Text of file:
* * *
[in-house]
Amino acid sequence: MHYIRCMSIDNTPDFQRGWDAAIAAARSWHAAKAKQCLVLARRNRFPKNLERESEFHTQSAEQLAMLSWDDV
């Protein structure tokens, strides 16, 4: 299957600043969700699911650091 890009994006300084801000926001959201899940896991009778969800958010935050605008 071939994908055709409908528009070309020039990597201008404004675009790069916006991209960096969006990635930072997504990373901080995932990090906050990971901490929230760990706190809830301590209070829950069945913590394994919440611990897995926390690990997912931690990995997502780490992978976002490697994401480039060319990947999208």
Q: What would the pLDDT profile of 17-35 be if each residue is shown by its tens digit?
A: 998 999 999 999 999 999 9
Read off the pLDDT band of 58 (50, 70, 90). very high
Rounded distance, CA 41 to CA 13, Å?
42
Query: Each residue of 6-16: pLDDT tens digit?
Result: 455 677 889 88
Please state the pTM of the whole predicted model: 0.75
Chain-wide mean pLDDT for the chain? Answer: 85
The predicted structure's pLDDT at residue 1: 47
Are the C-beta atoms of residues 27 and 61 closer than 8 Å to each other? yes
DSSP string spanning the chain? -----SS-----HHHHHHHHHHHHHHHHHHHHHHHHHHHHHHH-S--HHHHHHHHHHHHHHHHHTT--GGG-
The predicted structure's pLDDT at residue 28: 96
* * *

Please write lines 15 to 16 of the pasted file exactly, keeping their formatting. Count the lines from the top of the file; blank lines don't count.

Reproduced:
DSSP string spanning the chain? -----SS-----HHHHHHHHHHHHHHHHHHHHHHHHHHHHHHH-S--HHHHHHHHHHHHHHHHHTT--GGG-
The predicted structure's pLDDT at residue 28: 96